7 ISO 22000:2005 ISO
    ISO 22000:2005 specifies requirements for a food safety management system where an organization in the food chain needs to demonstrate its ability to control food safety hazards in order to ensure that food is safe at the time of human consumption. It is applicable to all organizations, regardless of size, which are involved in any aspect of the food chain and want to implement systems that consistently provide safe products. The means of meeting any requirements of ISO 22000:2005 can be accomplished through the use of internal and/or external resources.

    8 ISO 17799:2005 ISO
    ISO/IEC 17799:2005 establishes guidelines and general principles for initiating, implementing, maintaining, and improving information security management in an organization. The objectives outlined provide general guidance on the commonly accepted goals of information security management. ISO/IEC 17799:2005 contains best practices of control objectives and controls in the following areas of information security management: -organization of information security; -asset management; -human resources security; -physical and environmental security; -communications and operations management; access control; -information systems acquisition, development and maintenance; The control objectives and controls in ISO/IEC 17799:2005 are intended to be implemented to meet the requirements identified by a risk assessment. ISO/IEC 17799:2005 is intended as a common basis and practical guideline for developing organizational security standards and effective security management practices, and to help build confidence in inter-organizational activities.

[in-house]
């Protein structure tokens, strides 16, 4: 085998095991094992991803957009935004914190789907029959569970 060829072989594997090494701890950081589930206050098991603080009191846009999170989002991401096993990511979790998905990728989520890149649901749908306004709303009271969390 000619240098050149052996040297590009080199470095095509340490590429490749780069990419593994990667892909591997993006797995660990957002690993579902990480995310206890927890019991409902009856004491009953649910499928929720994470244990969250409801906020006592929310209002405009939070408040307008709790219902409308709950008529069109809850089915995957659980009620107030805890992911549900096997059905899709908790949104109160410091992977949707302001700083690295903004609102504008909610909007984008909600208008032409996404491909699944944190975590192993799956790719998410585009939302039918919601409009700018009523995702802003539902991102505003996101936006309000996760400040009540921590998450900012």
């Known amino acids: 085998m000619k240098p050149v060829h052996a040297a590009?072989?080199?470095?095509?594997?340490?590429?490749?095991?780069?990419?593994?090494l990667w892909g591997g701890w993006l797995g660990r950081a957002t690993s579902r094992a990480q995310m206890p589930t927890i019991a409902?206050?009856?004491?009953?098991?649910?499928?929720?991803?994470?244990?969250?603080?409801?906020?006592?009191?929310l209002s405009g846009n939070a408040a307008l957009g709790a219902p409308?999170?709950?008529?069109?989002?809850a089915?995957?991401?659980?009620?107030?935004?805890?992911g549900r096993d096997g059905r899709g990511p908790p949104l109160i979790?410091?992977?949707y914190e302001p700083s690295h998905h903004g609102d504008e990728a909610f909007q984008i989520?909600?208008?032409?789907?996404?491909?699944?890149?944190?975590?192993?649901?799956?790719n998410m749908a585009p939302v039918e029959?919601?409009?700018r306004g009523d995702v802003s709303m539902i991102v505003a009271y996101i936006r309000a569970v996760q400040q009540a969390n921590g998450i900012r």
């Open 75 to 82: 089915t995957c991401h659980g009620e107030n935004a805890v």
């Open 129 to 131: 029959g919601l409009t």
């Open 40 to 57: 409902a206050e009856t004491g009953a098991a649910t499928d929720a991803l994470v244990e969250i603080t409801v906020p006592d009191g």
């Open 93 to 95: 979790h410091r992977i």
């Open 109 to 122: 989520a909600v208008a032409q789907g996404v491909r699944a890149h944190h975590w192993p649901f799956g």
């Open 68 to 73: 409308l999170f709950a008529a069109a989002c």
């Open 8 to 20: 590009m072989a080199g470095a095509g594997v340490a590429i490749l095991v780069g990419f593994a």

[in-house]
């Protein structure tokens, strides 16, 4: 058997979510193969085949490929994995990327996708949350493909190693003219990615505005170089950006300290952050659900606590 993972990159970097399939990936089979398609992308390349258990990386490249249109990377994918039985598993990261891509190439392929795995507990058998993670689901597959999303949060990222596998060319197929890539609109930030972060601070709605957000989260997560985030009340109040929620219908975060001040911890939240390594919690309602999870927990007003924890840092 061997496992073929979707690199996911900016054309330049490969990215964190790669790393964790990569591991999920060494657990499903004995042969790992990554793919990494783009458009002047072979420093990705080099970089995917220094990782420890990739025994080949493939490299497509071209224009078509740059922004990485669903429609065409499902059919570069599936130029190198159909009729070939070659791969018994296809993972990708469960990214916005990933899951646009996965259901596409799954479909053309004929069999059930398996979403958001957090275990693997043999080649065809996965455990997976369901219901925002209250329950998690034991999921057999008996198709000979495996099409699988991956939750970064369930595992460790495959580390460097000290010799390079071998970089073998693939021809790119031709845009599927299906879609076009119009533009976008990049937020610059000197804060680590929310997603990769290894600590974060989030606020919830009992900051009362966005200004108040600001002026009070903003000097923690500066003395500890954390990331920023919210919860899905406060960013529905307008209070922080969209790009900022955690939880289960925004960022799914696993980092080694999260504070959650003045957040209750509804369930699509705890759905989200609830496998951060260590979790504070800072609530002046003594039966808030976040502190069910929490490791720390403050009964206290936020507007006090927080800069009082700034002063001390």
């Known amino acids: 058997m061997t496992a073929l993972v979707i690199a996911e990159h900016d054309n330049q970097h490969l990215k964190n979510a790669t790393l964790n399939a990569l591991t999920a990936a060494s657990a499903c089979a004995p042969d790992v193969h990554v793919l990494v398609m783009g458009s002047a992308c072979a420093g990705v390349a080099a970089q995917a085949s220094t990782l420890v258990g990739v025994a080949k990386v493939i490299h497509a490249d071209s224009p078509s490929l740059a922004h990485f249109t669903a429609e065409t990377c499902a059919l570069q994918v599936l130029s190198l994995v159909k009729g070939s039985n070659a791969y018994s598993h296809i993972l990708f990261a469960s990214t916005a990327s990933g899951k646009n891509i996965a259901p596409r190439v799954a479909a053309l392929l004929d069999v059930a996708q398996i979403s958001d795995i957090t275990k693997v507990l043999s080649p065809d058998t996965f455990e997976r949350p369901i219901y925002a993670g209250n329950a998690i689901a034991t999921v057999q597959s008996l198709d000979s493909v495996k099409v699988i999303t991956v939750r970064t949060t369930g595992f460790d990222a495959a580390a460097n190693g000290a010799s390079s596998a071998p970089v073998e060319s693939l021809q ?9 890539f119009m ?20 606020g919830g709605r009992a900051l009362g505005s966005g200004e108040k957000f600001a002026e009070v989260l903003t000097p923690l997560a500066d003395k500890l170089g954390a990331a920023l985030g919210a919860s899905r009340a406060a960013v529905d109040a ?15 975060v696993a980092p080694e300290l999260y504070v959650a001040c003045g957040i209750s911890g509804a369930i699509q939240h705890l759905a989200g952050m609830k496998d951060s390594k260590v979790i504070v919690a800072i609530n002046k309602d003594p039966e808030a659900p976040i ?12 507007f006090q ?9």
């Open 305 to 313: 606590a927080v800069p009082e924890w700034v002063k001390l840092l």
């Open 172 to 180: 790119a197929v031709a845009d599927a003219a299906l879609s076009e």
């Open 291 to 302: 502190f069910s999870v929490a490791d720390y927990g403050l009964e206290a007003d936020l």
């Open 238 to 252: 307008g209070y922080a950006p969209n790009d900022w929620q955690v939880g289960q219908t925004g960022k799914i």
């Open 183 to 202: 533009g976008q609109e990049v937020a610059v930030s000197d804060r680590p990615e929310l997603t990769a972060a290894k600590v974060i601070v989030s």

9 ISO 17025:2005 ISO
    ISO/IEC 17025 is the main standard used by testing and calibration laboratories. Originally known as ISO/IEC Guide 25, ISO/IEC 17025 was initially issued by the International Organization for Standardization in 1999. There are many commonalities with the ISO 9000 standard, but ISO/IEC 17025 adds in the concept of competence to the equation. And it applies directly to those organizations that produce testing and calibration results. Since its initial release, a second release was made in 2005 after it was agreed that it needed to have its quality system words more closely aligned with the 2000 version of ISO 9001.

    10 ISO 16949:2009 ISO
    ISO/TS 16949:2009, in conjunction with ISO 9001:2008, defines the quality management system requirements for the design and development, production and, when relevant, installation and service of automotive-related products. ISO/TS 16949:2009 is applicable to sites of the organization where customer-specified parts, for production and/or service, are manufactured. Supporting functions, whether on-site or remote (such as design centres, corporate headquarters and distribution centres), form part of the site audit as they support the site, but cannot obtain stand-alone certification to ISO/TS 16949:2009. ISO/TS 16949:2009 can be applied throughout the automotive supply chain

    Total: 14 records  (show first 10 records only)     All records   Go Certifications »
  • ISO Standards

    No Standard No Society Summary
    1 PT/SLA/6V-India ISO
    2 No indicated ISO
    3 ISO9001 ISO
    4 ISO16034:2002 ISO
    5 ISO 9001:2015 ISO
    6 ISO 9001 ISO
    7 ISO 14001 ISO
    8 GB/T19001-2008 ISO
    9 1999 ISO
    Total: 9 records     Go Standards »
  • ISO Country

    No Country Name Capital Region Surface Area Population
    1 European Union 501,260,000 people
    Total: 1 record     Go Countries »